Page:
Known for its somewhat unconventional (but still highly regarded) approaches to life and learning, Brown University remains the slightly odd man out of the Ivy League, and the school wouldn’t have it any other way. The school’s willingness to employ and support different, methods such as the shopping period, the first two weeks of the semester where anyone can drop into any class to “find out if it’s something they’re interested in enrolling in,” or the Critical Review, a student publication that produces reviews of courses based on evaluations from students who have completed the course, is designed to treat students “like an adult” through “freedom and choice.”
Professors are mostly hits with a few misses, but there are “amazing professors in every department, and they’re not hard to find”; it’s just “up to students to find the teaching styles that work for them.” “Academics at Brown are what you make of them,” and even though students are diligent in their academic pursuits and feel assured they’re “getting a wonderful education with the professors,” most agree that their education is “really more about the unique student body and learning through active participation in other activities.” The administration gets cautiously decent reviews for their accessibility and general running of the school, but it also gets scolded for getting “distracted by the long term.” The president, however, is absolutely loved by students for being “an incredible person with a great vision for the school.”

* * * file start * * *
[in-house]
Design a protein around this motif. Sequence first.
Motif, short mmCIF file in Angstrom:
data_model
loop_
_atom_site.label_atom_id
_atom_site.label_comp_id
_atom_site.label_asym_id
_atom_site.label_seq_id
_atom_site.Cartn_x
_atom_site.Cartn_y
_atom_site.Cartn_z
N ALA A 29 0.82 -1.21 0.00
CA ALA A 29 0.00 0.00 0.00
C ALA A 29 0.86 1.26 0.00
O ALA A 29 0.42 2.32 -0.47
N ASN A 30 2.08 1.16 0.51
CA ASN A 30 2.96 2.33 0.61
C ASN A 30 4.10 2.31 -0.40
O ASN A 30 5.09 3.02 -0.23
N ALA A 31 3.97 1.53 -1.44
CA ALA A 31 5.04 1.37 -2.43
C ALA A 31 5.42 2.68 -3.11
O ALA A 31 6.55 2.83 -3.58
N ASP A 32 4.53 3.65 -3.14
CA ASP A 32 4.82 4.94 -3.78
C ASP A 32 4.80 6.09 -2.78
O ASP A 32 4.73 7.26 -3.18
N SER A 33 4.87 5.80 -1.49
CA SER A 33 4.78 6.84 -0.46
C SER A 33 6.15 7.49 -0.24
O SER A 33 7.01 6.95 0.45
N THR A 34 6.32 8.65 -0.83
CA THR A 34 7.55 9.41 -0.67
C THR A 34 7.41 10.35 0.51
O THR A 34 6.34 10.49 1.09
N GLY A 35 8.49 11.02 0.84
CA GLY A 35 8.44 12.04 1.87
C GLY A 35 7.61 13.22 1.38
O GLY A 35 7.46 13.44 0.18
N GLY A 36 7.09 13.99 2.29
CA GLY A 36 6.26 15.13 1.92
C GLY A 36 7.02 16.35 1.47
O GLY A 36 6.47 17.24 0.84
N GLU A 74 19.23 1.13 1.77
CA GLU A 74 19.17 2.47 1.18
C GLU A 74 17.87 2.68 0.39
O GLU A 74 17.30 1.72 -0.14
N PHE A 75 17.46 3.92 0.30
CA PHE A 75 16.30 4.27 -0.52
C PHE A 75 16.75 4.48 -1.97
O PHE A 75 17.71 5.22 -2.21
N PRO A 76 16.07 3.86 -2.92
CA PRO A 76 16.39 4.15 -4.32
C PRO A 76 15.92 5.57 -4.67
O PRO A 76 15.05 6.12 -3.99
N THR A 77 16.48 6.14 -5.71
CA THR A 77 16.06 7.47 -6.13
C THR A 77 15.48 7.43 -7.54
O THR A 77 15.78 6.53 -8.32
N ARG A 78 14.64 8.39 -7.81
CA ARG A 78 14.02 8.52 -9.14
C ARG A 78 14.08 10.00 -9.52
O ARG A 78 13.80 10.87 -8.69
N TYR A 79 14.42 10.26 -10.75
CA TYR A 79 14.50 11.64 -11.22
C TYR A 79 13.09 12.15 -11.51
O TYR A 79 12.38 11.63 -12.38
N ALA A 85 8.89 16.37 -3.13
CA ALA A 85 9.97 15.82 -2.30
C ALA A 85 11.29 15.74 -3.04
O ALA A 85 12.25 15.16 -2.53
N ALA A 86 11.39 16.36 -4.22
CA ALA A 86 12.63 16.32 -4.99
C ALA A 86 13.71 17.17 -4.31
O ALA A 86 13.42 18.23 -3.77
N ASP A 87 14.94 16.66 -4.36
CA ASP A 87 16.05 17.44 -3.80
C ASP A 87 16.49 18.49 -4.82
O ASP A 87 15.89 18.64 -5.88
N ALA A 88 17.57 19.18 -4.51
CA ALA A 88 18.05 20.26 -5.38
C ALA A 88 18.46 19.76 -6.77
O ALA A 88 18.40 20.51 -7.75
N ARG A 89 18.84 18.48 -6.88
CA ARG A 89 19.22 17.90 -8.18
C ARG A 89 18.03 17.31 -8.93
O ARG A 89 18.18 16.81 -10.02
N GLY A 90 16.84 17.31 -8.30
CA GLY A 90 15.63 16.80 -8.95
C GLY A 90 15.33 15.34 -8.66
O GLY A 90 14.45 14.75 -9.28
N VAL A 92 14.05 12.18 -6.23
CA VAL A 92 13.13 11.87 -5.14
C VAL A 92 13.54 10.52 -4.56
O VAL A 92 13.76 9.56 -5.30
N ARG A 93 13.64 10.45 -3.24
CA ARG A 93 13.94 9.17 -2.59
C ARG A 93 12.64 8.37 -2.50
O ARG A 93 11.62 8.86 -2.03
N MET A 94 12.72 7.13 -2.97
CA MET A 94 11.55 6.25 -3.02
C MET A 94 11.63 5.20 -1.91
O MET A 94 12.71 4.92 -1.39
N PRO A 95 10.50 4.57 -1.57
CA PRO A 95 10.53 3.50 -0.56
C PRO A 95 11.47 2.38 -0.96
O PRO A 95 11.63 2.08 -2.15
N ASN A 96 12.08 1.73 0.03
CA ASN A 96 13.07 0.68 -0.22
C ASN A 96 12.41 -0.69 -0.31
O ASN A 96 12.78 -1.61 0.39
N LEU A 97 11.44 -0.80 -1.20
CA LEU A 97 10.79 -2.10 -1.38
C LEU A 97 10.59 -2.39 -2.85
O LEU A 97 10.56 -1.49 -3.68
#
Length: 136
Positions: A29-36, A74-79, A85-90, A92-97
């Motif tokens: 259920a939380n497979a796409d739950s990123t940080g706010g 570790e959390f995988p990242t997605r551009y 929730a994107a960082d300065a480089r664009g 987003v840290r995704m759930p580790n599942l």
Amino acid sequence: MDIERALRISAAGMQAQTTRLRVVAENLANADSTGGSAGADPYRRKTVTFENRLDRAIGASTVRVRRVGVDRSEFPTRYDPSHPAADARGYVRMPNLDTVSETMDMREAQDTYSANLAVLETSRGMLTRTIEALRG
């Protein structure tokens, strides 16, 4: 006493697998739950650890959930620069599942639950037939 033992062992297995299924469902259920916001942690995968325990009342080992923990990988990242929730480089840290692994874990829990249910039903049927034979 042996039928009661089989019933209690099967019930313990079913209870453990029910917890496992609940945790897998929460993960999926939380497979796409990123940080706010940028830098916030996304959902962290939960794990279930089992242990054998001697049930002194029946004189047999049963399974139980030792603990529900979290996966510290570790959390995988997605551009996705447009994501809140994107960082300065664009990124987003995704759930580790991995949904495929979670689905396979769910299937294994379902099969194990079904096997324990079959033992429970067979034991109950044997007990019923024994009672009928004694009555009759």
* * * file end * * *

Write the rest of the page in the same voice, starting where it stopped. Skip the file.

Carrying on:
The Jeanne Clery Act requires colleges and universities to disclose their security policies, keep a public crime log, publish an annual crime report and provide timely warnings to students and campus employees about a crime posing an immediate or ongoing threat to students and campus employees.
Please visit The Princeton Review’s page on campus safety for additional resources: http://www.princetonreview.com/safety
The Princeton Review publishes links directly to each school's Campus Security Reports where available. Applicants can also access all school-specific campus safety information using the Campus Safety and Security Data Analysis Cutting Tool provided by the Office of Postsecondary Education of the U.S. Department of Education: http://ope.ed.gov/security